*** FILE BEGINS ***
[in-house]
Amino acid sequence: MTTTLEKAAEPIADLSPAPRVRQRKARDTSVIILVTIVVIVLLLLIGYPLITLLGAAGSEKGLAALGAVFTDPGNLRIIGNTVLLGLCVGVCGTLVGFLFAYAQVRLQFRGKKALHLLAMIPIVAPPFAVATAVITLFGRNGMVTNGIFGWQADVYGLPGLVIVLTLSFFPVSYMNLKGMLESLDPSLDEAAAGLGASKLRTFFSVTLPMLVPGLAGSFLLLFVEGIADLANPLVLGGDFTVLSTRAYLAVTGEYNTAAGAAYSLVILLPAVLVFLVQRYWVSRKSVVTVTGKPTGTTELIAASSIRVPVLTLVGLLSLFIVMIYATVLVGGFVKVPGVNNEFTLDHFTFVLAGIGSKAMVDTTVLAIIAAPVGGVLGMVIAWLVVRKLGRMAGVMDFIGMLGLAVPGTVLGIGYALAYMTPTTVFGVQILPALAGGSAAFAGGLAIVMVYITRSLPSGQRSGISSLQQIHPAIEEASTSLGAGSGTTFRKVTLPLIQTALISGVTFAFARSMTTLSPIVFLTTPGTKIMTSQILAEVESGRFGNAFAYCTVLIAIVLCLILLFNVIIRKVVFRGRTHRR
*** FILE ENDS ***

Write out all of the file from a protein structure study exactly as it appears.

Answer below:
[in-house]
Amino acid sequence: MTTTLEKAAEPIADLSPAPRVRQRKARDTSVIILVTIVVIVLLLLIGYPLITLLGAAGSEKGLAALGAVFTDPGNLRIIGNTVLLGLCVGVCGTLVGFLFAYAQVRLQFRGKKALHLLAMIPIVAPPFAVATAVITLFGRNGMVTNGIFGWQADVYGLPGLVIVLTLSFFPVSYMNLKGMLESLDPSLDEAAAGLGASKLRTFFSVTLPMLVPGLAGSFLLLFVEGIADLANPLVLGGDFTVLSTRAYLAVTGEYNTAAGAAYSLVILLPAVLVFLVQRYWVSRKSVVTVTGKPTGTTELIAASSIRVPVLTLVGLLSLFIVMIYATVLVGGFVKVPGVNNEFTLDHFTFVLAGIGSKAMVDTTVLAIIAAPVGGVLGMVIAWLVVRKLGRMAGVMDFIGMLGLAVPGTVLGIGYALAYMTPTTVFGVQILPALAGGSAAFAGGLAIVMVYITRSLPSGQRSGISSLQQIHPAIEEASTSLGAGSGTTFRKVTLPLIQTALISGVTFAFARSMTTLSPIVFLTTPGTKIMTSQILAEVESGRFGNAFAYCTVLIAIVLCLILLFNVIIRKVVFRGRTHRR